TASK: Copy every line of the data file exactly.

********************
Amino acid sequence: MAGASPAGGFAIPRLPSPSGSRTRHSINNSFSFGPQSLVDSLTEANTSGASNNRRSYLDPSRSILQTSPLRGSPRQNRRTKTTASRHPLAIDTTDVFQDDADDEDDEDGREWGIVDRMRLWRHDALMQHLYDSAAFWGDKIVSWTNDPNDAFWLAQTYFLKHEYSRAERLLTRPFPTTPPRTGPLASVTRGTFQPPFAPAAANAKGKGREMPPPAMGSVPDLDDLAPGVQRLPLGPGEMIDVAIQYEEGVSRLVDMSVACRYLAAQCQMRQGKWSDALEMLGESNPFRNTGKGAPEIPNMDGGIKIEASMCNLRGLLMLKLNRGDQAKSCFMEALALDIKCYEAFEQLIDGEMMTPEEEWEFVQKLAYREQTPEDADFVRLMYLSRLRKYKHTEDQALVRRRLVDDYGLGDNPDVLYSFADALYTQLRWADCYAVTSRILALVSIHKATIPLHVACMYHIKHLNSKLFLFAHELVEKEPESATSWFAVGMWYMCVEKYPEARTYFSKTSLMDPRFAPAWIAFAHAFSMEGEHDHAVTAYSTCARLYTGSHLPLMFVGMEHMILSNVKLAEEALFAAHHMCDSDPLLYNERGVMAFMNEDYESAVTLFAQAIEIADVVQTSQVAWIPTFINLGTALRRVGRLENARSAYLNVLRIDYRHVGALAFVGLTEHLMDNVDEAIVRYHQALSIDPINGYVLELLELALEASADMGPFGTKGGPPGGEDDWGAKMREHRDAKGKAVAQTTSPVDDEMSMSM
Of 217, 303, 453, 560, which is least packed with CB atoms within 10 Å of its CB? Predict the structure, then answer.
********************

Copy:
Amino acid sequence: MAGASPAGGFAIPRLPSPSGSRTRHSINNSFSFGPQSLVDSLTEANTSGASNNRRSYLDPSRSILQTSPLRGSPRQNRRTKTTASRHPLAIDTTDVFQDDADDEDDEDGREWGIVDRMRLWRHDALMQHLYDSAAFWGDKIVSWTNDPNDAFWLAQTYFLKHEYSRAERLLTRPFPTTPPRTGPLASVTRGTFQPPFAPAAANAKGKGREMPPPAMGSVPDLDDLAPGVQRLPLGPGEMIDVAIQYEEGVSRLVDMSVACRYLAAQCQMRQGKWSDALEMLGESNPFRNTGKGAPEIPNMDGGIKIEASMCNLRGLLMLKLNRGDQAKSCFMEALALDIKCYEAFEQLIDGEMMTPEEEWEFVQKLAYREQTPEDADFVRLMYLSRLRKYKHTEDQALVRRRLVDDYGLGDNPDVLYSFADALYTQLRWADCYAVTSRILALVSIHKATIPLHVACMYHIKHLNSKLFLFAHELVEKEPESATSWFAVGMWYMCVEKYPEARTYFSKTSLMDPRFAPAWIAFAHAFSMEGEHDHAVTAYSTCARLYTGSHLPLMFVGMEHMILSNVKLAEEALFAAHHMCDSDPLLYNERGVMAFMNEDYESAVTLFAQAIEIADVVQTSQVAWIPTFINLGTALRRVGRLENARSAYLNVLRIDYRHVGALAFVGLTEHLMDNVDEAIVRYHQALSIDPINGYVLELLELALEASADMGPFGTKGGPPGGEDDWGAKMREHRDAKGKAVAQTTSPVDDEMSMSM
Of 217, 303, 453, 560, which is least packed with CB atoms within 10 Å of its CB? Predict the structure, then answer.